Offset deals under scrutiny in addition to illegal payments
"The arms trade is already an incubator of corruption with such large sums of money flowing around, and all that secrecy," Nick Whitney, a European defence expert at the European Council for Foreign Relations, told Deutsche Welle. "It's so easy to avoid clear accountability about what you've bought, and why. The best antidotes are transparency, and competition. But if you add offsets to the deal, it only gets murkier."
"The temptation to look for offsets - compensation for a big export of state capital - is understandable for some countries especially if you don't have an armaments industry of your own, and so can't expect to get compensated on a 'swings and roundabouts' basis."
Dr. Moelling describes offsets as side deals. "Direct offsets are deals which happen thus: the purchaser will say, for example, 'we want to buy your fighter aircraft but we also want you to provide us with the industrial capability to build the missiles which goes with it.' The seller will perhaps build the factory, pass on the technical knowledge or include the license to build the missiles in the deal for the plane."
"Indirect offsets work in much the same way but the additional deal will include something not attached to original product; we buy the plane, you build a hospital," he added. "These offsets often go beyond just the supplying company and can include participation by the supplier's government. In the case of the submarines, this would be the German government."
Grey area of EU defense sector open to abuse
Under many trade agreements and in most industries, offsets are illegal but the EU allows them in defense procurement where member states can invoke a "national security" exemption. Opponents of offset agreements say they are negotiated among companies with government favoritism and violate the EU's internal market competition rules.
"In the civilian field, offsets are illegal but in the defense sector, they are legal," Dr. Moelling added. "In the EU, article 346 of the current treaty says that any agreement can be overruled if it is claimed to be in the national security. The problem is that there are many different opinions on offsets in the EU. Germany says they are not helpful as they blur the actual price of products. Greece meanwhile has a very active offset policy while other countries have no official policy. Offests aren't part of any typical market so they're very hard to monitor and are highly politicized."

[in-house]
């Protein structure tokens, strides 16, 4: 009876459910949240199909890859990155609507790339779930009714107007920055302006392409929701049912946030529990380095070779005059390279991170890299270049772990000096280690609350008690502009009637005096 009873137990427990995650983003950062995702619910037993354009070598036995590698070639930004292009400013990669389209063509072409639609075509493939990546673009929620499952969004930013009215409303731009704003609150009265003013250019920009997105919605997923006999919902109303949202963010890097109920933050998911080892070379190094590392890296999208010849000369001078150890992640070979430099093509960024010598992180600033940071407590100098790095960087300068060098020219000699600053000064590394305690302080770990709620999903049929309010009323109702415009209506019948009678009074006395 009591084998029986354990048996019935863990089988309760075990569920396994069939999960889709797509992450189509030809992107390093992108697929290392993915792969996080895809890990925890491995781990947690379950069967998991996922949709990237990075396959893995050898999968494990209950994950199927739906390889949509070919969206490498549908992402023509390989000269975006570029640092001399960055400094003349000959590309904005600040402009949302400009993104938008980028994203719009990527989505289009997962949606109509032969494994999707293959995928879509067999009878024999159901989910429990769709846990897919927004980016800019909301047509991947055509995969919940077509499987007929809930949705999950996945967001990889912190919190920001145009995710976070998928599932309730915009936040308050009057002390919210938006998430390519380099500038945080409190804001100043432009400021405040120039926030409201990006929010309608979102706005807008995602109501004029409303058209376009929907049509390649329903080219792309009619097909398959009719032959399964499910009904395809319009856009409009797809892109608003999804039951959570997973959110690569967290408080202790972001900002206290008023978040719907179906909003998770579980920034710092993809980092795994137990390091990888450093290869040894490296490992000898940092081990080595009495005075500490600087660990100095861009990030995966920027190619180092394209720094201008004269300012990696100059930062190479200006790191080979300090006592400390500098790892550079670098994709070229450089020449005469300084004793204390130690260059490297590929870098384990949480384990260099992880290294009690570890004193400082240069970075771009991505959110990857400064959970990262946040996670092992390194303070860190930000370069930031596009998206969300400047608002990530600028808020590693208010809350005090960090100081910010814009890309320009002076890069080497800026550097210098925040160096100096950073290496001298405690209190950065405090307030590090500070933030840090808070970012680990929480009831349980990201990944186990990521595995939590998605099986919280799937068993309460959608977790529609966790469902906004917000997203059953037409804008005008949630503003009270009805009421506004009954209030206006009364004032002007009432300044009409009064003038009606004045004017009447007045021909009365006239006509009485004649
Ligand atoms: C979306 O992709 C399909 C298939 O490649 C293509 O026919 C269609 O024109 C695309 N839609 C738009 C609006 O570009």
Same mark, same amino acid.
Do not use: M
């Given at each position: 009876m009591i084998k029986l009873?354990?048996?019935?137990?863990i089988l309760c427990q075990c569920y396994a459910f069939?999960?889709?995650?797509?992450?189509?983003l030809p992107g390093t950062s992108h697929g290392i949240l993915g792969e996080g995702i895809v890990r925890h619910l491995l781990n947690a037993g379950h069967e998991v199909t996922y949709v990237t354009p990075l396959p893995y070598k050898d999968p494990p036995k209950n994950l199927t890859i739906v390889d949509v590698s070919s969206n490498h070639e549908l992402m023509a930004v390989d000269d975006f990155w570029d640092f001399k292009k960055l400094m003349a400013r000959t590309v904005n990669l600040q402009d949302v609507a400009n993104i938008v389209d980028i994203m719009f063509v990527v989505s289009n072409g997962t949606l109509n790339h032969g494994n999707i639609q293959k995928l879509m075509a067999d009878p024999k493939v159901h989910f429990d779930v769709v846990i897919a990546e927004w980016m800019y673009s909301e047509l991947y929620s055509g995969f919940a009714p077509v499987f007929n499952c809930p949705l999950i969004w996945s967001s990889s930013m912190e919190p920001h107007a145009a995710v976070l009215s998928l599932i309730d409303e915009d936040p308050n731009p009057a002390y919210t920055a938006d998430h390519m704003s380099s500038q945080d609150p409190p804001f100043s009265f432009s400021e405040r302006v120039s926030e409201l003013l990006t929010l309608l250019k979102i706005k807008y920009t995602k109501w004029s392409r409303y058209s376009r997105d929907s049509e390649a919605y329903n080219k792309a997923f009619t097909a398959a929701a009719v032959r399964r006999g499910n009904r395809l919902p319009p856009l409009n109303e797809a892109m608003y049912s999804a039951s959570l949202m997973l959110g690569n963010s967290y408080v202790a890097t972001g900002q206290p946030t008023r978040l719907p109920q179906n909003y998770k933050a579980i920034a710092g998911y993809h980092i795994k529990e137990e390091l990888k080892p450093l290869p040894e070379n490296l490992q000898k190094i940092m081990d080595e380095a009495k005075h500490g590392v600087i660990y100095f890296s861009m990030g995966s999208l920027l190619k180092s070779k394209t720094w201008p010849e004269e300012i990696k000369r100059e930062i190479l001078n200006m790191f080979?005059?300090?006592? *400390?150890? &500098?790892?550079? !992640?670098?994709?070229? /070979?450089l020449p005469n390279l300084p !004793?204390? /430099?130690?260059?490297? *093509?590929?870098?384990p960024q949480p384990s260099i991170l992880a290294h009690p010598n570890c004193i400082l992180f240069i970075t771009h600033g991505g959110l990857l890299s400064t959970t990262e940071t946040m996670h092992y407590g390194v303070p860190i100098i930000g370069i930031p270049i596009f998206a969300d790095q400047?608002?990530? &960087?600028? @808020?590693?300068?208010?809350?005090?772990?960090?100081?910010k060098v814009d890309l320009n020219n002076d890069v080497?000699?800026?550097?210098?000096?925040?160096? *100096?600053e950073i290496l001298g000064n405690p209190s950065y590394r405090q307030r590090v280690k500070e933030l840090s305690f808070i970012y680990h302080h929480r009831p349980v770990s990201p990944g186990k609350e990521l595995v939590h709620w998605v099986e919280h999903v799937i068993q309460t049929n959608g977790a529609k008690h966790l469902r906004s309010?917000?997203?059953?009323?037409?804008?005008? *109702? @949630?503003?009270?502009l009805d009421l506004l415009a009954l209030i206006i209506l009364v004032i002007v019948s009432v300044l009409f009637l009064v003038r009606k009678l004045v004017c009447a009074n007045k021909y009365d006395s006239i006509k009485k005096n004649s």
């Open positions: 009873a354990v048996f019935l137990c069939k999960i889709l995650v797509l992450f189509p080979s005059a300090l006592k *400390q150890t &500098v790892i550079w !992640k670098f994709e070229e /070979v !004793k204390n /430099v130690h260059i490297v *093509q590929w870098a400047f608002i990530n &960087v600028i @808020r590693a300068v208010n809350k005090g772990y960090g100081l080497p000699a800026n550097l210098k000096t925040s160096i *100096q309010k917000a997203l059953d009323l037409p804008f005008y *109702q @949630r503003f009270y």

"The European defense agency recently brokered an agreement amongst European member states to limit offset to 100 percent of the value of the arms contract," Nick Witney said.
"Previously, many member states were looking for a lot more. Austria was the most striking case - they used to demand 300 percent offset. In such circumstances, weapon-buying becomes the least important part of the transaction - the big money is in the offset. So any pretence that you are buying the best weapon at the best price for your military needs goes out of the window - noone can really disentangle why you've bought what you've bought."
The EU has been called upon to tackle the "national security" exemption invoked by member states when dealing in offsets. The EU is planning to introduce a new "defense procurement directive" which will restrict the areas in which governments can use the exemption and demand that the offsets they are involved in are necessary for the protection of security interests and do not break competition rules.
"It's not only on the weapons side of the deal that competition gets distorted," Witney added. "If the arms seller agrees to buy 1,000 trucks from you in compensation, what's that done to all the rules of the single market about fair trade in trucks? The treaties make clear that, although 'national security' gives member states latitude to ignore single market rules in their arms purchases, they must not in doing so distort competition in non-military goods."